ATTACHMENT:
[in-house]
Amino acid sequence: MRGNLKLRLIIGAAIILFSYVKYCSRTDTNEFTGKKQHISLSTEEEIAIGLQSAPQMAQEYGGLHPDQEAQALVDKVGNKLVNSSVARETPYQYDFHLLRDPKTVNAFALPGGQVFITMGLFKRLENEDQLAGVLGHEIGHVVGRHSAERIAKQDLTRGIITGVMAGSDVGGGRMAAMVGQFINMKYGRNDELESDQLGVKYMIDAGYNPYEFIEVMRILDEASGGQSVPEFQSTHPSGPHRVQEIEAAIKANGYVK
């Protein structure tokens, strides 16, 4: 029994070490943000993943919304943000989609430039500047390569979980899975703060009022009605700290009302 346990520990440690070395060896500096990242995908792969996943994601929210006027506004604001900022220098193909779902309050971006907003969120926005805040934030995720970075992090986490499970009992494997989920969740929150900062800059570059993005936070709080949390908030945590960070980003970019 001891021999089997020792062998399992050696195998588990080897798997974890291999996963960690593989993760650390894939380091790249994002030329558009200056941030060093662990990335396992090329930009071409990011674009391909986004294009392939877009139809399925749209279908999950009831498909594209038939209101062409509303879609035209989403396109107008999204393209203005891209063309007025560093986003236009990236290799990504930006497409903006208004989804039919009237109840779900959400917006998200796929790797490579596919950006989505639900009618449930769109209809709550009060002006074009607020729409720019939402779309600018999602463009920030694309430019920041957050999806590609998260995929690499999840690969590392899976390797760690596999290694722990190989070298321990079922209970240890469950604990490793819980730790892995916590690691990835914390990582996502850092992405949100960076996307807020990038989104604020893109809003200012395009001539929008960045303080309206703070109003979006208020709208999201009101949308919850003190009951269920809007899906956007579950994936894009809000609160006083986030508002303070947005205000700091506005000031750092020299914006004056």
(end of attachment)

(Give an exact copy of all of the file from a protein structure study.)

[in-house]
Amino acid sequence: MRGNLKLRLIIGAAIILFSYVKYCSRTDTNEFTGKKQHISLSTEEEIAIGLQSAPQMAQEYGGLHPDQEAQALVDKVGNKLVNSSVARETPYQYDFHLLRDPKTVNAFALPGGQVFITMGLFKRLENEDQLAGVLGHEIGHVVGRHSAERIAKQDLTRGIITGVMAGSDVGGGRMAAMVGQFINMKYGRNDELESDQLGVKYMIDAGYNPYEFIEVMRILDEASGGQSVPEFQSTHPSGPHRVQEIEAAIKANGYVK
């Protein structure tokens, strides 16, 4: 029994070490943000993943919304943000989609430039500047390569979980899975703060009022009605700290009302 346990520990440690070395060896500096990242995908792969996943994601929210006027506004604001900022220098193909779902309050971006907003969120926005805040934030995720970075992090986490499970009992494997989920969740929150900062800059570059993005936070709080949390908030945590960070980003970019 001891021999089997020792062998399992050696195998588990080897798997974890291999996963960690593989993760650390894939380091790249994002030329558009200056941030060093662990990335396992090329930009071409990011674009391909986004294009392939877009139809399925749209279908999950009831498909594209038939209101062409509303879609035209989403396109107008999204393209203005891209063309007025560093986003236009990236290799990504930006497409903006208004989804039919009237109840779900959400917006998200796929790797490579596919950006989505639900009618449930769109209809709550009060002006074009607020729409720019939402779309600018999602463009920030694309430019920041957050999806590609998260995929690499999840690969590392899976390797760690596999290694722990190989070298321990079922209970240890469950604990490793819980730790892995916590690691990835914390990582996502850092992405949100960076996307807020990038989104604020893109809003200012395009001539929008960045303080309206703070109003979006208020709208999201009101949308919850003190009951269920809007899906956007579950994936894009809000609160006083986030508002303070947005205000700091506005000031750092020299914006004056």